Why Is There So Little Federal Public Land in Texas

In 2012, the United States federal government possessed somewhere between 635 and 640 million acres of land, which represented around 28 percent of the total 2.27 billion acres of land in the country.

Approximately 52 percent of the land that is owned by the federal government is located in the western states, including Alaska, which has 61 percent of its land controlled by the federal government. In comparison, the federal government only had ownership rights to 4% of the land in the remaining 38 states. The administration of minerals, oil and gas resources, timber, wildlife and fish, and any other natural resources that can be discovered on federal territory is the goal of the policy governing federal land.

Policies regarding land management are often contested due to the economic, environmental, and social implications that policies have which may impact ranches for sale. In addition, the size of the federal estate as well as the acquisition of more property for use by the federal government are key concerns.

The Congressional Research Service estimates the total land area of Texas to be 168.2 million acres. As of the year 2012, the federal government-owned 1.7 percent of the total land area, which was equivalent to 2.97 million acres. Moreover, 167 million acres in Texas are privately held, which results in 6.34 privately owned acres for every federally owned acre in the state. The United States Government acquired an additional 326,275 acres of land in the state of Texas between the years 1990 and 2010.

When compared to New Mexico, Texas had a smaller amount of federal land, but Oklahoma had a larger amount. In comparison, the United States Forest Service only possessed 1.4% of federal land in New Mexico and 1.422% of federal property in Oklahoma, but in Texas, they owned almost 40% of all federal land. In comparison, the National Park Service only controlled a total of 376,849 acres in New Mexico and 10,008 acres in Oklahoma. However, the agency owned almost 1.2 million acres in Texas.


There are a total of 13 National Park Service units in the state of Texas, in addition to one national monument, three national forests, six wilderness areas, two national recreation areas, one national historic site, and one national historic route. According to the findings of a survey conducted by the National Park Service of the United States of America in 2013, national parks and monuments in the state of Texas were visited by 3.4 million individuals, who collectively spent $173.4 million.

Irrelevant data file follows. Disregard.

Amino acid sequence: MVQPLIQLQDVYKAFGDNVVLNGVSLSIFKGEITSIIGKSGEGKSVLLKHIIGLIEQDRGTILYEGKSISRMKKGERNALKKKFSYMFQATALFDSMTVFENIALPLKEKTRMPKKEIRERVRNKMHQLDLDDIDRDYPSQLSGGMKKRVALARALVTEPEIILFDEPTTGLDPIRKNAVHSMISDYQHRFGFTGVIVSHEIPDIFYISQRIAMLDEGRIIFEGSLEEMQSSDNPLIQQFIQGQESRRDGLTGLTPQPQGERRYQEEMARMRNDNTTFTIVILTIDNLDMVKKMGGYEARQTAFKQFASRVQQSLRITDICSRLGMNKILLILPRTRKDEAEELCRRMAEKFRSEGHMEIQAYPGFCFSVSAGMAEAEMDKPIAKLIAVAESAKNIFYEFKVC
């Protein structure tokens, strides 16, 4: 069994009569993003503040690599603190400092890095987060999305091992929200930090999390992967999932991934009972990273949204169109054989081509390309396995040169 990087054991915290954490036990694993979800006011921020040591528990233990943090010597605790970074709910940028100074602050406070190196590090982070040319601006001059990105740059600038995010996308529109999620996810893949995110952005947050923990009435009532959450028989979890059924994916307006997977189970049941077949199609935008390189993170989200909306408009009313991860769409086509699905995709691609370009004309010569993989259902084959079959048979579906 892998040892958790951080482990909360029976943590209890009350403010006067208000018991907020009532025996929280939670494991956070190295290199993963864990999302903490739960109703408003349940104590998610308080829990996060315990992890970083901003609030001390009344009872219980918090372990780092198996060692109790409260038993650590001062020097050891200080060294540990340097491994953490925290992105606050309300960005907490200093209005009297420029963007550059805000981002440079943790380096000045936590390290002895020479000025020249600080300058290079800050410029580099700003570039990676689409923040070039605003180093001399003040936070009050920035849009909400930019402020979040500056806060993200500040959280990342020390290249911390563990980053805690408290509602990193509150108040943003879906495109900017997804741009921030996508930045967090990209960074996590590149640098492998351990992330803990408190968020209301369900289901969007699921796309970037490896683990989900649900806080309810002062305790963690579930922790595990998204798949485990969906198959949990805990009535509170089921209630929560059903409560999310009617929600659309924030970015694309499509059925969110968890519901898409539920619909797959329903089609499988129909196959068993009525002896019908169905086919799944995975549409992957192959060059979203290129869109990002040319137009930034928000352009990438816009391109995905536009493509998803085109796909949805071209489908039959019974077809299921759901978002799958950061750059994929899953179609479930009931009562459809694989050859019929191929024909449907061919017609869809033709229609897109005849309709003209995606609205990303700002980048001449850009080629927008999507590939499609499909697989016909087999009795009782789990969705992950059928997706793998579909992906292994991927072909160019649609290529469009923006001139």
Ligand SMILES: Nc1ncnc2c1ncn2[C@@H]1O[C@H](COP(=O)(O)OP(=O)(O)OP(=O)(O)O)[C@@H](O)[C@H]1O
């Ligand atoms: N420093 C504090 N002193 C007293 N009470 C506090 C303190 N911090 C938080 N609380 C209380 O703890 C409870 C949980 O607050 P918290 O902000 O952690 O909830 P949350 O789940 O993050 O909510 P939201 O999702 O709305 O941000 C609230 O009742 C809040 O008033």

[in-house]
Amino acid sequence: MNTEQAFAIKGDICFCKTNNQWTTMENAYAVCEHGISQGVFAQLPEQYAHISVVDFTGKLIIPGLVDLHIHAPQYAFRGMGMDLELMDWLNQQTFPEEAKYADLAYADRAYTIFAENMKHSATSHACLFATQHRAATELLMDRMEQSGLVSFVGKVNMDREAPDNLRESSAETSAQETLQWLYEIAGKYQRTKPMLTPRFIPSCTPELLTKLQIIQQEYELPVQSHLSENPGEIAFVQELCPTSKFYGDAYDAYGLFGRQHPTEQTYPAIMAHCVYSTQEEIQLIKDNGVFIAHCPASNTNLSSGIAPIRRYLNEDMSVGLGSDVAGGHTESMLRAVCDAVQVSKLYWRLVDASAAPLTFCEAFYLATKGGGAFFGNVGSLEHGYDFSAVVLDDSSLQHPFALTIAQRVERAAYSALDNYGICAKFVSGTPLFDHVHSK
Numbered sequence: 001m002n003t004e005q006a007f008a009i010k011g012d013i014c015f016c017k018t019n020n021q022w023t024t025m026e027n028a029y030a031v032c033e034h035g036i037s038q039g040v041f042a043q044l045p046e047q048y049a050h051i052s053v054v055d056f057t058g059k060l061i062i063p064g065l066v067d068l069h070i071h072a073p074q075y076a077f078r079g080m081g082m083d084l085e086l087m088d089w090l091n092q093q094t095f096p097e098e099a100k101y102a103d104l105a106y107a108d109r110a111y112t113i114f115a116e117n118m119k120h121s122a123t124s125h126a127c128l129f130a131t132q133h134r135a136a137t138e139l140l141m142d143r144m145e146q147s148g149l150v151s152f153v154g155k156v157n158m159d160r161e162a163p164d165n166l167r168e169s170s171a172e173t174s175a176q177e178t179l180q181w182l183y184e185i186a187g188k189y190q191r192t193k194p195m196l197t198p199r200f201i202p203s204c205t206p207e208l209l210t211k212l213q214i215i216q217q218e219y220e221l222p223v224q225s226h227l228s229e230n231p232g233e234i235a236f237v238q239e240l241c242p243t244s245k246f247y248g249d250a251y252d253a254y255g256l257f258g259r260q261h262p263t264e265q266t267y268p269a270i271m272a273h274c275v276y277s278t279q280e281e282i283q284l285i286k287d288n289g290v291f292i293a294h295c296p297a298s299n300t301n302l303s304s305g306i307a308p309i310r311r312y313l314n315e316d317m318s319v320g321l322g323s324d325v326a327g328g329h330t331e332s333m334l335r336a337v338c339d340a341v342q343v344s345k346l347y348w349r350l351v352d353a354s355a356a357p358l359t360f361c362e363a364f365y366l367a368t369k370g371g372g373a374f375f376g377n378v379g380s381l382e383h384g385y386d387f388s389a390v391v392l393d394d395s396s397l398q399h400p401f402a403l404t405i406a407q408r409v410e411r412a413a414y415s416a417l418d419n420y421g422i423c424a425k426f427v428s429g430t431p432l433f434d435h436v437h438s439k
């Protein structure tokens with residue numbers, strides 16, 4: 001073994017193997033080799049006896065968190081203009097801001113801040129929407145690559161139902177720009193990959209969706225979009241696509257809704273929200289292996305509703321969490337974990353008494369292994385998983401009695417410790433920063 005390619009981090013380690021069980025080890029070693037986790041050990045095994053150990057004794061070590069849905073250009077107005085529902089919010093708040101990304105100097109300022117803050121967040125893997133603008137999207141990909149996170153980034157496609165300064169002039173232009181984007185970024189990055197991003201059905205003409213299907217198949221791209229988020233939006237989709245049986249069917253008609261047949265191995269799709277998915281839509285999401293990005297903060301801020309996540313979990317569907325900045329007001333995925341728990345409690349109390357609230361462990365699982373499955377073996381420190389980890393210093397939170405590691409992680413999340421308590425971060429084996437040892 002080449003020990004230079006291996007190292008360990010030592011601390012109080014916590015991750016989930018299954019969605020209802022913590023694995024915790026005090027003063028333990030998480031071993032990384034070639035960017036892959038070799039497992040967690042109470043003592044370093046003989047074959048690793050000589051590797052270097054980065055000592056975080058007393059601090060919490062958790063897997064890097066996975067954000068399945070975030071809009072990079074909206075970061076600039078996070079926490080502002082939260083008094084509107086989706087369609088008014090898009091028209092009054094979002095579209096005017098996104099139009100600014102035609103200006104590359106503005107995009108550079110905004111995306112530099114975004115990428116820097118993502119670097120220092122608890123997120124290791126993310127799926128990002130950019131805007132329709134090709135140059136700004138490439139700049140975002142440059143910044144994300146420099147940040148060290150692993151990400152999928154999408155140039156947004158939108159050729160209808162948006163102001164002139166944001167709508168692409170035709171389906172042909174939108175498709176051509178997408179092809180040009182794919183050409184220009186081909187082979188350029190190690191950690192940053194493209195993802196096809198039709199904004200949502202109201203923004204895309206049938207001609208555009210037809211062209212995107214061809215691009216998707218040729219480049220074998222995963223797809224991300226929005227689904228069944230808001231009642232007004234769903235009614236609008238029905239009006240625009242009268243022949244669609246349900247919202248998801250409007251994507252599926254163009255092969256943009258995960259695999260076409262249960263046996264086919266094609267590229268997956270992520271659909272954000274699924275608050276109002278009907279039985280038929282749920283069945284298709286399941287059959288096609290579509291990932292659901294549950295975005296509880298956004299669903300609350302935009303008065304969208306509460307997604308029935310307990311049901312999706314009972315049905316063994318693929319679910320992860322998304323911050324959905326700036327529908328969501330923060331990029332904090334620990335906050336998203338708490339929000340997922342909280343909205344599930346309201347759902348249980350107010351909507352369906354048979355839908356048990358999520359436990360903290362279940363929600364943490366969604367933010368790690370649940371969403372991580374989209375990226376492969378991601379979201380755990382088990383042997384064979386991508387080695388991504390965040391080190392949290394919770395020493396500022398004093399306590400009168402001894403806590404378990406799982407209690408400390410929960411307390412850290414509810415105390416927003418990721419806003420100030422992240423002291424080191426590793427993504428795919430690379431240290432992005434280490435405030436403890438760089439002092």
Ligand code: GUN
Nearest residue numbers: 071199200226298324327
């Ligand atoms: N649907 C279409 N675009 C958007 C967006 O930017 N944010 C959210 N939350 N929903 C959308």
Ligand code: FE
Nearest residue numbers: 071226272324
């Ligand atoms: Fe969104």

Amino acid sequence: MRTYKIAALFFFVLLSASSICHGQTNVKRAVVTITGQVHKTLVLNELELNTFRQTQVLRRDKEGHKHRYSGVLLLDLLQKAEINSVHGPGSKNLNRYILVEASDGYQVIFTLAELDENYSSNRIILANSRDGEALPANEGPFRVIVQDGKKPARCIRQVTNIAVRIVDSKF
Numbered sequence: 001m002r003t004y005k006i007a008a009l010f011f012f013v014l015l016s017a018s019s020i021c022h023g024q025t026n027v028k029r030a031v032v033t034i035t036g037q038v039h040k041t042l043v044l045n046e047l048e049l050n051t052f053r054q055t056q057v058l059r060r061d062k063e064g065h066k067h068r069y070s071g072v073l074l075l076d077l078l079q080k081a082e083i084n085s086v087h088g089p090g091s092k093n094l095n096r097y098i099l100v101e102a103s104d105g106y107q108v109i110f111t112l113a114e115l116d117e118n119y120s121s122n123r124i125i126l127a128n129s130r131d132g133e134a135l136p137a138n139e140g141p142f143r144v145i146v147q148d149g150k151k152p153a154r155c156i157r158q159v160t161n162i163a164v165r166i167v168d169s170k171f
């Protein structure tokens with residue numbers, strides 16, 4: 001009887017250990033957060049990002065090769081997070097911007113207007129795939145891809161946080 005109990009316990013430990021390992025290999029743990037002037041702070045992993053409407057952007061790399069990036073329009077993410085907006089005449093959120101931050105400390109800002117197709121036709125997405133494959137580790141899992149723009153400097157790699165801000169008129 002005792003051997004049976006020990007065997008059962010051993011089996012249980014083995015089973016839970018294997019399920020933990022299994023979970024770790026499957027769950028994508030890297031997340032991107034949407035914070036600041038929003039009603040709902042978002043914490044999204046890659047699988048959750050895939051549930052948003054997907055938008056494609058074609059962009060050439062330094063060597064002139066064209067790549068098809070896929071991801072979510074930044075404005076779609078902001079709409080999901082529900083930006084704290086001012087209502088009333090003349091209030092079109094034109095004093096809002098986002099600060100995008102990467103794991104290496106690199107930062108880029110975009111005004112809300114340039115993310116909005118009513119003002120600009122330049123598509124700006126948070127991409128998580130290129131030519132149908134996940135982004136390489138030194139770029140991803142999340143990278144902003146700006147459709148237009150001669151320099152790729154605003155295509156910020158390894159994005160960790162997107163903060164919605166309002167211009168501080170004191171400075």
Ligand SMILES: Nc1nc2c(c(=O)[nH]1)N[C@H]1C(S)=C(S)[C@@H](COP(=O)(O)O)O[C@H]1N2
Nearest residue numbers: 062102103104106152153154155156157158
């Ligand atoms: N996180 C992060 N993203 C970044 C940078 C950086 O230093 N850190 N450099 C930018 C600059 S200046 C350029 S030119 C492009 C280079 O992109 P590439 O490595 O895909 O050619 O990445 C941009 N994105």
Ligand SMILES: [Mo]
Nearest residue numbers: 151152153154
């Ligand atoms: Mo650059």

Agricultural and Commercial Development on Public Lands

The United States Bureau of Territory Management (BLM) is the agency that reviews lease applications from private mining firms, such as oil and natural gas corporations, in order to allow these businesses to explore and produce energy on federal land. The BLM is the agency that must be contacted by the corporation in need of a lease in order for the land to be considered for oil and gas development. The decisions on leasing that are made by the BLM state offices are based on the land use plans for those states. These land-use plans contain information regarding the resources of the area as well as the possible environmental effect of oil or gas development.

The BLM demands information regarding how a firm plans to conduct its drilling and production in order to receive approval for leasing federal lands. Following this step, the BLM will conduct an environmental assessment and compile a list of prerequisites before any activity can commence on the land. Additionally, the government conducts inspections of the drilling and production done by the corporations on the leased properties.

In 2013, there were 47,427 active leases on federal property across the country, spanning a total area of 36,09 million acres. In 2013, the state of Texas was home to 683 leases, which accounted for 1.44 percent of all leases and covered 415,181 acres, which represented 1.15 percent of all property that was leased. In 2013, the BLM authorized 3,770 new drilling leases across the country for oil and gas exploration, and 965 of those licenses were in Texas. This represents a 25.5% share of the total.

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